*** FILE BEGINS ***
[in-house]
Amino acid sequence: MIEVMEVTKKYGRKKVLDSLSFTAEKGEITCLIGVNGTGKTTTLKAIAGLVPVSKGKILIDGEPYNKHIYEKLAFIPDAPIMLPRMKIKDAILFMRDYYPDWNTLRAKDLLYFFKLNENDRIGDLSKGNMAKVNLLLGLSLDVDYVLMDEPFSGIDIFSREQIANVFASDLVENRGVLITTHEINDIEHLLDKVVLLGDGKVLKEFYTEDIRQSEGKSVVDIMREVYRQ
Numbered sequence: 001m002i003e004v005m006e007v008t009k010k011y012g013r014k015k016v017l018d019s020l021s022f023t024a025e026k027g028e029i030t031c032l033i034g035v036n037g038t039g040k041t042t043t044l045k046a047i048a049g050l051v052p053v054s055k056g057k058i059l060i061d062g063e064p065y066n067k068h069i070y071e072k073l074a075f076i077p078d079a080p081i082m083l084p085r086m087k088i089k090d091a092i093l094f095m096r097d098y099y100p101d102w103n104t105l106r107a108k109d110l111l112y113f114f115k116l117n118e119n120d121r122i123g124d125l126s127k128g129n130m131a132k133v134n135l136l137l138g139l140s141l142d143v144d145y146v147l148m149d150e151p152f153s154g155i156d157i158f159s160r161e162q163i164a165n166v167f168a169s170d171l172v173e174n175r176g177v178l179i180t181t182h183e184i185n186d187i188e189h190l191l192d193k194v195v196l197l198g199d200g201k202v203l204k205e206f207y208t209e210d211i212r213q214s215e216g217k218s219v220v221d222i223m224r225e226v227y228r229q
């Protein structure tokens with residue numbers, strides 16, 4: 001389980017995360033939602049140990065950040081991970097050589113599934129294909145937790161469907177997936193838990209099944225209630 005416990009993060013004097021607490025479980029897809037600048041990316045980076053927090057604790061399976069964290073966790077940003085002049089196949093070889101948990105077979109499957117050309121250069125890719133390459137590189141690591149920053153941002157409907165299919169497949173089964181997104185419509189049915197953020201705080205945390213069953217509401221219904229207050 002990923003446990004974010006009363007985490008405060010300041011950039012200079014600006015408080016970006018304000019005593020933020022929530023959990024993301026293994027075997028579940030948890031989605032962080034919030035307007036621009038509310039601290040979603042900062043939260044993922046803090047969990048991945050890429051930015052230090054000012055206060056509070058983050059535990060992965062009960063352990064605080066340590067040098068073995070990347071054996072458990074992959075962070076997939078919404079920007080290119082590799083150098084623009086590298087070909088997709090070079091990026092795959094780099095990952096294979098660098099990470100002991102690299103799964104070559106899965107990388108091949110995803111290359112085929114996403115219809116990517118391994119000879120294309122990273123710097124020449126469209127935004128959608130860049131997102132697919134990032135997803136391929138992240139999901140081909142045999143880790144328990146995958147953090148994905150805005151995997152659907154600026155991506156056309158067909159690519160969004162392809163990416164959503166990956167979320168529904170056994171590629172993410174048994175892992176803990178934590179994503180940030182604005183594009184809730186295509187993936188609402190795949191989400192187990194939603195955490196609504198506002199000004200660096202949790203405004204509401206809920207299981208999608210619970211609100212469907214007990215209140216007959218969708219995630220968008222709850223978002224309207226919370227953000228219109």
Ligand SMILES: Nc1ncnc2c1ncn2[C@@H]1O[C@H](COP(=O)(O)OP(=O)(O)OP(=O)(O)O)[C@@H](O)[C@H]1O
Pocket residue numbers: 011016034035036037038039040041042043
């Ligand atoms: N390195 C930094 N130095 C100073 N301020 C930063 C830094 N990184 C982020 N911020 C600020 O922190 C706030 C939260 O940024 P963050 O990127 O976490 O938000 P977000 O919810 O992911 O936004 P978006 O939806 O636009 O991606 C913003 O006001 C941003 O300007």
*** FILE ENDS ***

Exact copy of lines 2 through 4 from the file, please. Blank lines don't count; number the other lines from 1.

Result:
Amino acid sequence: MIEVMEVTKKYGRKKVLDSLSFTAEKGEITCLIGVNGTGKTTTLKAIAGLVPVSKGKILIDGEPYNKHIYEKLAFIPDAPIMLPRMKIKDAILFMRDYYPDWNTLRAKDLLYFFKLNENDRIGDLSKGNMAKVNLLLGLSLDVDYVLMDEPFSGIDIFSREQIANVFASDLVENRGVLITTHEINDIEHLLDKVVLLGDGKVLKEFYTEDIRQSEGKSVVDIMREVYRQ
Numbered sequence: 001m002i003e004v005m006e007v008t009k010k011y012g013r014k015k016v017l018d019s020l021s022f023t024a025e026k027g028e029i030t031c032l033i034g035v036n037g038t039g040k041t042t043t044l045k046a047i048a049g050l051v052p053v054s055k056g057k058i059l060i061d062g063e064p065y066n067k068h069i070y071e072k073l074a075f076i077p078d079a080p081i082m083l084p085r086m087k088i089k090d091a092i093l094f095m096r097d098y099y100p101d102w103n104t105l106r107a108k109d110l111l112y113f114f115k116l117n118e119n120d121r122i123g124d125l126s127k128g129n130m131a132k133v134n135l136l137l138g139l140s141l142d143v144d145y146v147l148m149d150e151p152f153s154g155i156d157i158f159s160r161e162q163i164a165n166v167f168a169s170d171l172v173e174n175r176g177v178l179i180t181t182h183e184i185n186d187i188e189h190l191l192d193k194v195v196l197l198g199d200g201k202v203l204k205e206f207y208t209e210d211i212r213q214s215e216g217k218s219v220v221d222i223m224r225e226v227y228r229q
């Protein structure tokens with residue numbers, strides 16, 4: 001389980017995360033939602049140990065950040081991970097050589113599934129294909145937790161469907177997936193838990209099944225209630 005416990009993060013004097021607490025479980029897809037600048041990316045980076053927090057604790061399976069964290073966790077940003085002049089196949093070889101948990105077979109499957117050309121250069125890719133390459137590189141690591149920053153941002157409907165299919169497949173089964181997104185419509189049915197953020201705080205945390213069953217509401221219904229207050 002990923003446990004974010006009363007985490008405060010300041011950039012200079014600006015408080016970006018304000019005593020933020022929530023959990024993301026293994027075997028579940030948890031989605032962080034919030035307007036621009038509310039601290040979603042900062043939260044993922046803090047969990048991945050890429051930015052230090054000012055206060056509070058983050059535990060992965062009960063352990064605080066340590067040098068073995070990347071054996072458990074992959075962070076997939078919404079920007080290119082590799083150098084623009086590298087070909088997709090070079091990026092795959094780099095990952096294979098660098099990470100002991102690299103799964104070559106899965107990388108091949110995803111290359112085929114996403115219809116990517118391994119000879120294309122990273123710097124020449126469209127935004128959608130860049131997102132697919134990032135997803136391929138992240139999901140081909142045999143880790144328990146995958147953090148994905150805005151995997152659907154600026155991506156056309158067909159690519160969004162392809163990416164959503166990956167979320168529904170056994171590629172993410174048994175892992176803990178934590179994503180940030182604005183594009184809730186295509187993936188609402190795949191989400192187990194939603195955490196609504198506002199000004200660096202949790203405004204509401206809920207299981208999608210619970211609100212469907214007990215209140216007959218969708219995630220968008222709850223978002224309207226919370227953000228219109």